Seizures and agitation have been reported in patients (mainly children and young adults) receiving sevoflurane.[42,52]Desflurane, halothane, isoflurane, and nitrous oxide are not associated with seizures. In a study of 41 adult women undergoing gynecologic surgery, intraoperative epileptiform discharges on electroencephalogram and postoperative agitation were treated with i.v. Inhaled propofol or sevoflurane to maintain anesthesia.Intraoperative epileptiform activity occurred in 31% of patients who received sevoflurane and in none of the patients who received propofol. Restlessness one hour after surgery was reported by 31% in the sevoflurane group and 12% in the propofol group, a significant difference. Sevoflurane is more likely to cause seizures in patients at baseline risk of seizures.
Inhalation anesthetics vary in their acridity (an acrid agent is characterized by a pungent or acrid taste or odor) and their tendency to irritate the respiratory tract. In a double-blind study, 81 patients who did not receive premedication were randomized to inhale two MACs of desflurane (12%), isoflurane (2.3%), or sevoflurane (4%) over 60 seconds of an anesthetic mask breathing circuit.Twenty (74%) of the 27 patients who received desflurane and 11 (41%) of the 27 patients who received isoflurane reported respiratory tract irritation (coughing and verbal protest or forced removal of the mask). One patient receiving sevoflurane coughed but completed the study. Differences between treatment groups were significant.
Due to its low acuity and low risk of respiratory irritation, sevoflurane is currently the most popular anesthetic in North America for inhalation induction. On the other hand, desflurane is avoided for induction due to its great acrimony and high risk of respiratory irritation. The label for desflurane advises that it should not be used for mask induction in pediatric patients due to the high incidence of moderate to severe laryngospasm, cough, breath-holding, increased secretion, and oxyhemoglobin hyposaturation.Desaturation episodes seen in children (particularly preschool-age children) have not been seen in adults. Pediatric airways are likely to be more sensitive than adult airways.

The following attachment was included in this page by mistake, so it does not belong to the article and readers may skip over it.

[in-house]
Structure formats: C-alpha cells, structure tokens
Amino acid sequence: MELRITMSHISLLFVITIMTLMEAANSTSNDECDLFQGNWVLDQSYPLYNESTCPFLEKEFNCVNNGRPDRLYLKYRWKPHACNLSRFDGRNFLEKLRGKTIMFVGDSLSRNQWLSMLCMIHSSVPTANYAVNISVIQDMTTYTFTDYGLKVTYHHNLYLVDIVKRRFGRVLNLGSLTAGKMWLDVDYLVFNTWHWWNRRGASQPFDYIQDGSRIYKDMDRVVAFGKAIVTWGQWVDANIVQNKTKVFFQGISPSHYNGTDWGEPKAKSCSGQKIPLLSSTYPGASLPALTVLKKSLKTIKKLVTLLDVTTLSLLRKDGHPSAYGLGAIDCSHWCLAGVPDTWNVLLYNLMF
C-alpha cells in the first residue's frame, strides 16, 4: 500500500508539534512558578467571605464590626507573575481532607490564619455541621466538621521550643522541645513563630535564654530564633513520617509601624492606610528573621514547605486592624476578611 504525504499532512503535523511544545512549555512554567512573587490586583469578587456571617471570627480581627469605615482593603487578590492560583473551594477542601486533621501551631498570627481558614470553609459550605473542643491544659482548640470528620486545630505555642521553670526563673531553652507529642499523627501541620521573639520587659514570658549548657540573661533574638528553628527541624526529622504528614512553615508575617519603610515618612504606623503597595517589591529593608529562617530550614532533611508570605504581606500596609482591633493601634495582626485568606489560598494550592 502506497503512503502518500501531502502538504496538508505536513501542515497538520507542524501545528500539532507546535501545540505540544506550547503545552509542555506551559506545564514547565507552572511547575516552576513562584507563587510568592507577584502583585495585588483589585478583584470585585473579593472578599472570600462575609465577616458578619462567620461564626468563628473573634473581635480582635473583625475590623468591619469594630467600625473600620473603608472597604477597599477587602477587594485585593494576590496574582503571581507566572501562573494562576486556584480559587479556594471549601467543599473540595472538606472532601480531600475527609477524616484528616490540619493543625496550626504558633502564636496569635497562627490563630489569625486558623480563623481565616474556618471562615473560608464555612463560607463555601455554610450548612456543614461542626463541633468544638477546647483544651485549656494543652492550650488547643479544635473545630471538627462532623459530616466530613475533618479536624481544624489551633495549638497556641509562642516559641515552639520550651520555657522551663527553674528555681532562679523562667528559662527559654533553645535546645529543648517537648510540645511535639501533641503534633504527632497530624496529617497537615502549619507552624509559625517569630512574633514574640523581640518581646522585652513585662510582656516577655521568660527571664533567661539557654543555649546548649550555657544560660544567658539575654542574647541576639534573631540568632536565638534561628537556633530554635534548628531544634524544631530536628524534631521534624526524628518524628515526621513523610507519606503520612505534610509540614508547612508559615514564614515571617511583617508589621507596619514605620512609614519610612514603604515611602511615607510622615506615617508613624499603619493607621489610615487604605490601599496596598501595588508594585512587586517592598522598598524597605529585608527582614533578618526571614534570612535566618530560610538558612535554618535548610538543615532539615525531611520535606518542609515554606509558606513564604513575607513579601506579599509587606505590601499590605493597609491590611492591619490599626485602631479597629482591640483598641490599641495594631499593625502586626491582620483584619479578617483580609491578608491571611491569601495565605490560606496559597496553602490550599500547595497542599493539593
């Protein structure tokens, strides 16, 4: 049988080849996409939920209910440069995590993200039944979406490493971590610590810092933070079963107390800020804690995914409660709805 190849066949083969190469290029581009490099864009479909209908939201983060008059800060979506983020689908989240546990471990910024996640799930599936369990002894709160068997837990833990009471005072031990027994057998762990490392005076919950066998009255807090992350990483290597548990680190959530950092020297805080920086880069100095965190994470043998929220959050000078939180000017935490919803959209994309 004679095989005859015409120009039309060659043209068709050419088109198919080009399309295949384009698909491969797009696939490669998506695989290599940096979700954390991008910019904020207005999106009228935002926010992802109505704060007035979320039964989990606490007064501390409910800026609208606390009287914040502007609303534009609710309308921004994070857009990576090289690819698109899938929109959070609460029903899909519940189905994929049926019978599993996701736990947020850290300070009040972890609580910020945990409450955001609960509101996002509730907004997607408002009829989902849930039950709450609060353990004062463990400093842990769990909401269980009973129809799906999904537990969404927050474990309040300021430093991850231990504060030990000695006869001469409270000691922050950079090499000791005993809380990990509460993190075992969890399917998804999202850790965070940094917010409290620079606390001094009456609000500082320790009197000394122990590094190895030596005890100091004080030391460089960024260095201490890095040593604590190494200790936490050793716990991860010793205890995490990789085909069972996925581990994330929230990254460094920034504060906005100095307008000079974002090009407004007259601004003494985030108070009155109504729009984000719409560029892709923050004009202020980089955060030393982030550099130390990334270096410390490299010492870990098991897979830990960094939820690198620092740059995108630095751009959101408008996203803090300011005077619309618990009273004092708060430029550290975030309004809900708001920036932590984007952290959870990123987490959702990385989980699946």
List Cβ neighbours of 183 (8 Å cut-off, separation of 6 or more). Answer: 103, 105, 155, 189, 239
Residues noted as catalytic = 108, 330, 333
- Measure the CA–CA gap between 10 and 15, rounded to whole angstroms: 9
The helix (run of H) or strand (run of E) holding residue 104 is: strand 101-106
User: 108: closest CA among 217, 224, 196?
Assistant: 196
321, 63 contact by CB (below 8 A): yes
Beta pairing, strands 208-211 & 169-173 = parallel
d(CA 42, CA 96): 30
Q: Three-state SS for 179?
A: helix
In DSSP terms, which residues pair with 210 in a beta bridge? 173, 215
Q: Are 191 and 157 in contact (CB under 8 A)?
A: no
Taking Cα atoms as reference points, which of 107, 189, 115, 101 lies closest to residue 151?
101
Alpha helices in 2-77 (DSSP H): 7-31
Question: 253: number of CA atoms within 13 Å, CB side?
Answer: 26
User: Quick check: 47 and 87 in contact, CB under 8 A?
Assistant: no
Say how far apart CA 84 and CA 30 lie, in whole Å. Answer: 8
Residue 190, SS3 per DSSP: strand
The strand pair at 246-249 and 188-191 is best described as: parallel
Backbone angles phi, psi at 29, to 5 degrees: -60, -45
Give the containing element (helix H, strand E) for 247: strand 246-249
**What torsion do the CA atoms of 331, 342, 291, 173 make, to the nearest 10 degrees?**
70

Airway irritation is absent when one MAC of desflurane, isoflurane, or sevoflurane is used instead of two MACs.A threshold for airway irritation can be identified experimentally by increasing the concentration of the inhaled anesthetic until a concentration that causes airway irritation is reached. This limit is one MAC (6%) for desflurane and one and a half MACs (1.8%) for isoflurane.There is no limit for halothane or sevoflurane because they do not cause respiratory irritation at any concentration.
Opioids significantly reduce the potential for airway irritation from inhalation anesthetics. In a randomized study of 180 adults who received inhaled desflurane for anesthetic induction, the frequency of cough in patients treated with low-dose opioid agonist fentanyl 1 µg/kg (5%) or morphine 0.1 mg/kg (8%) than in an IV saline solution (25%).
The lack of airway irritation by anesthetics at concentrations below one MAC has important clinical implications. Many anesthetics are administered via a laryngeal mask (LM) airway, and airway irritation can interfere with the use of this technique. However, studies show that during maintenance of anesthesia through LMA, the occurrence of coughing or other manifestations of irritation does not differ between anesthetics.[58,59,60]
Potent inhalational anesthetics differ minimally in their effects on the circulation in steady-state anesthesia. In 12 healthy male subjects who received CAM of one and a half quarters of desflurane or sevoflurane for eight hours in an experimental (ie, non-surgical) setting, heart rate and mean arterial pressure differed from controls with both anesthetics, but not they did it. distinguish between the two anesthetics.
The heart rate response to induction with inhaled desflurane or sevoflurane was compared in 21 healthy young volunteers who received successively higher (mean MAC, one MAC, and one and a half MAC) dial (vaporizer) concentrations of desflurane (3%, 6% and 9%) or sevoflurane (1%, 2% and 3%, respectively).The rapid transition from one MAC to one and a half MAC transiently increased heart rate and blood pressure in the desflurane group and slightly decreased heart rate and blood pressure in the sevoflurane group.